The diet of the edible dormouse consists mainly of plant matter, particularly nuts and seeds such as acorns, hazelnuts and beech mast. The edible dormouse also eats berries and other soft fruits, as well as buds, leaves, bark and fungi. Insects are taken occasionally, and this species is also known to eat bird eggs and nestlings (2) (3) (4).

The edible dormouse communicates through a range of squeaks, chirps, whistles and squeals, and it also uses scent to mark its territory (3) (4) (5). Individuals can be quarrelsome and males have been reported to fight aggressively during the breeding season, although small groups of this species have been known to hibernate together (3) (4).

The edible dormouse has a long hibernation period that begins between September and November and lasts until May or June (3) (4) (6) (8). Unlike some small mammals, this species does not store food for the hibernation period, instead surviving on large fat reserves accumulated in late summer and autumn (3) (7). The edible dormouse usually hibernates in a burrow or cavity underground, often under the roots of trees (3) (6) and sometimes as much as a metre below the surface (4). It can also sometimes be found in cellars and attics (3) (6).

The mating season of the edible dormouse occurs soon after individuals have emerged from hibernation, between about June and August (3) (4). Males usually mate with more than one female (3) (5). The female edible dormouse gives birth to a single litter of young (2) (3) (4) (5) (8) after a gestation period of around 20 to 31 days (3). Litter size ranges from about two to ten (4), but nests may contain more young than this as females sometimes share the same nest and nurse each other’s offspring (3) (8).

The young dormice are born relatively late in the year, from around July to September (3) (4) (8), when food is most available (3). The young, which are helpless, naked and blind at birth, open their eyes at about 21 to 23 days old and leave the nest at 30 days old (2) (3). As the young edible dormice are born late in the year, they must grow rapidly to be able to survive the winter (3).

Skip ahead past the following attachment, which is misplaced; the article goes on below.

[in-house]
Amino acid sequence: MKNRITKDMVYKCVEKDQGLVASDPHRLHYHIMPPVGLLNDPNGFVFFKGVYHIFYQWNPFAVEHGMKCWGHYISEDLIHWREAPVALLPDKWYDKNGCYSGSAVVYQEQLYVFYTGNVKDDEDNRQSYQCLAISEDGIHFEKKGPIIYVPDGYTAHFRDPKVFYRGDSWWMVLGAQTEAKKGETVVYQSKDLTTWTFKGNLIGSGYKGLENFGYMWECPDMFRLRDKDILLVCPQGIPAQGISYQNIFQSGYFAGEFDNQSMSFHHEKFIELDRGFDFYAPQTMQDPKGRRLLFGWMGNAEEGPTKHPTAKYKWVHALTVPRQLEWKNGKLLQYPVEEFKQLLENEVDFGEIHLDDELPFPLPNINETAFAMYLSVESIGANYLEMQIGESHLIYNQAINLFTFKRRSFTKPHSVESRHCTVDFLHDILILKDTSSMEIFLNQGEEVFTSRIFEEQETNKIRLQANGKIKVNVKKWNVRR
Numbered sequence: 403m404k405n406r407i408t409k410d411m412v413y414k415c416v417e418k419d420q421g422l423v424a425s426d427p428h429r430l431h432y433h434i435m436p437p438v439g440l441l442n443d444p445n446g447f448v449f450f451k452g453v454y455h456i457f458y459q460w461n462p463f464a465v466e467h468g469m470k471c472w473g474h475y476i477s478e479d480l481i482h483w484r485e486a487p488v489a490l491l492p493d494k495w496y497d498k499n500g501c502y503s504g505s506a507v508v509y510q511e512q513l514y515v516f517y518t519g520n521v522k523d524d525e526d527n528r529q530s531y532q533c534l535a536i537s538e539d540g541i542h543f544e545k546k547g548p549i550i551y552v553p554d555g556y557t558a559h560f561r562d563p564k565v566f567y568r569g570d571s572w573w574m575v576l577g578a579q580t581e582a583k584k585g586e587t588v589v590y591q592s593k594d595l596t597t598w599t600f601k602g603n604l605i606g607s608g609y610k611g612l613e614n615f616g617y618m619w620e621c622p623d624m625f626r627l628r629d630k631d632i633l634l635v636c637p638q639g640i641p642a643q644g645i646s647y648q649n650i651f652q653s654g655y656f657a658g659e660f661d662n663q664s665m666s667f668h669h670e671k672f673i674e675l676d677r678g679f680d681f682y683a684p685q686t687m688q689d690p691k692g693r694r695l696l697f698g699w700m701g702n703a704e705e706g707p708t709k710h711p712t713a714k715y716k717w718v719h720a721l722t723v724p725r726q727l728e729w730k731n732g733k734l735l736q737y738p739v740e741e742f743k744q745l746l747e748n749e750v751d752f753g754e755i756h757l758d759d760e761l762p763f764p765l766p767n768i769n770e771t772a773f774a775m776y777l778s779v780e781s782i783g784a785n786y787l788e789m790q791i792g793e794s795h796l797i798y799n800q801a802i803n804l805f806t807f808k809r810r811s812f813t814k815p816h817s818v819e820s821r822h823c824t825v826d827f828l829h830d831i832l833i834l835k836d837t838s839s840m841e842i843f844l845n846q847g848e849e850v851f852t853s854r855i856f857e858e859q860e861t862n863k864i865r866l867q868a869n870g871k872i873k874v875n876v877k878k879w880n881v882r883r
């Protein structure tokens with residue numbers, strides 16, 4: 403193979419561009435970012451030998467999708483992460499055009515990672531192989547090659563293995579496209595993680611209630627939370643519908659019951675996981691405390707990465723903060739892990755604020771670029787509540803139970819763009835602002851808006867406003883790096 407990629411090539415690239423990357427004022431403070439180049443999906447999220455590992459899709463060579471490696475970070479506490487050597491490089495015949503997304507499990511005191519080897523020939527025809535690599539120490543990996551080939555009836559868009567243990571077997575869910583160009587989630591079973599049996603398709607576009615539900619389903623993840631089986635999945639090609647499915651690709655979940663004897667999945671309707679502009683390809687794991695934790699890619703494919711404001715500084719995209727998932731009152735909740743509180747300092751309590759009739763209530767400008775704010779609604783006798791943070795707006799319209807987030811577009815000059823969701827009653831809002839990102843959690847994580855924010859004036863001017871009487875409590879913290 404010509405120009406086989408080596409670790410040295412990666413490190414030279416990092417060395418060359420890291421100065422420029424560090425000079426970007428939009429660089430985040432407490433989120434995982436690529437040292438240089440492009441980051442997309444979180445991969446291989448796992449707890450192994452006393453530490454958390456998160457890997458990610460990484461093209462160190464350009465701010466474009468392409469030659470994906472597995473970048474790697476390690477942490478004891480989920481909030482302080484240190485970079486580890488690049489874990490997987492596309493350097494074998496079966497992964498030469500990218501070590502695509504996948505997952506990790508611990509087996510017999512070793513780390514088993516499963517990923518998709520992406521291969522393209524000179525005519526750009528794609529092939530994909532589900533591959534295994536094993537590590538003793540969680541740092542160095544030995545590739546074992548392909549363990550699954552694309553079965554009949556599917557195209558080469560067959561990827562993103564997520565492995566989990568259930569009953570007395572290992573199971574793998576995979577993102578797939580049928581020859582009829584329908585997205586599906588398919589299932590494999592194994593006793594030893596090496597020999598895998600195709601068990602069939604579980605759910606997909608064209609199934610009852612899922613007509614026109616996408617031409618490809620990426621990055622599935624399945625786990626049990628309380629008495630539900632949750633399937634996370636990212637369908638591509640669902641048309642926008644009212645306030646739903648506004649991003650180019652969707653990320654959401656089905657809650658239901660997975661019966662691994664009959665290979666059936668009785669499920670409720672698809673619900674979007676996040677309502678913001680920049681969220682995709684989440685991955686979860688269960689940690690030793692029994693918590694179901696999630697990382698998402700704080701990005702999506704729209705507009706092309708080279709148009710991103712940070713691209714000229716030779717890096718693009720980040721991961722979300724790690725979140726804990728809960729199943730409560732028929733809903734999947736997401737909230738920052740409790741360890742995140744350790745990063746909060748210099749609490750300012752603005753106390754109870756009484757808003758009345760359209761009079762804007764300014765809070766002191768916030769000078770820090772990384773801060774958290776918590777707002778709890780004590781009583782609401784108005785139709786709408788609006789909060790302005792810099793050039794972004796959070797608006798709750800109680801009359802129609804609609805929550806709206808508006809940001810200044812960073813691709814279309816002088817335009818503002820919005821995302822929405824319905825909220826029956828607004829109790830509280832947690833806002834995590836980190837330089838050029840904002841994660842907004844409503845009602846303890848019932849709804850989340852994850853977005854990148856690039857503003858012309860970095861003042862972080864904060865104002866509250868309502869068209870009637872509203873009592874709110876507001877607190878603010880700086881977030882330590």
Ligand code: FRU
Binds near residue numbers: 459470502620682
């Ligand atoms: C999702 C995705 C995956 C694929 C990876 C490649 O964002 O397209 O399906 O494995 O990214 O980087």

The edible dormouse can sometimes breed in the year following its birth, but some females may not give birth until their third year. This species is unusually long-lived for a small rodent, having a life expectancy of about nine years (3) (8). Some of the key tree species on which the edible dormouse relies for food, including beech and oak, only produce large seed crops every few years, with seed production in the intervening years being low or even failing entirely (3). The edible dormouse’s long lifespan and relatively large litter size compensate for the fact that this species does not usually breed in years of low food availability (3) (8) (9). In non-reproductive years, the edible dormouse has been found to sometimes return to a dormant state underground, being active for only a few weeks of the year (9).

The edible dormouse is a widespread and abundant species, and is not currently considered to be at risk of extinction (1). However, populations in the northern parts of its range, such as in Poland and Lithuania, are thought to be declining (1) (3) (10). In countries such as Lithuania, the main threat to this mammal is the destruction of its forest habitat (1) (4) (10).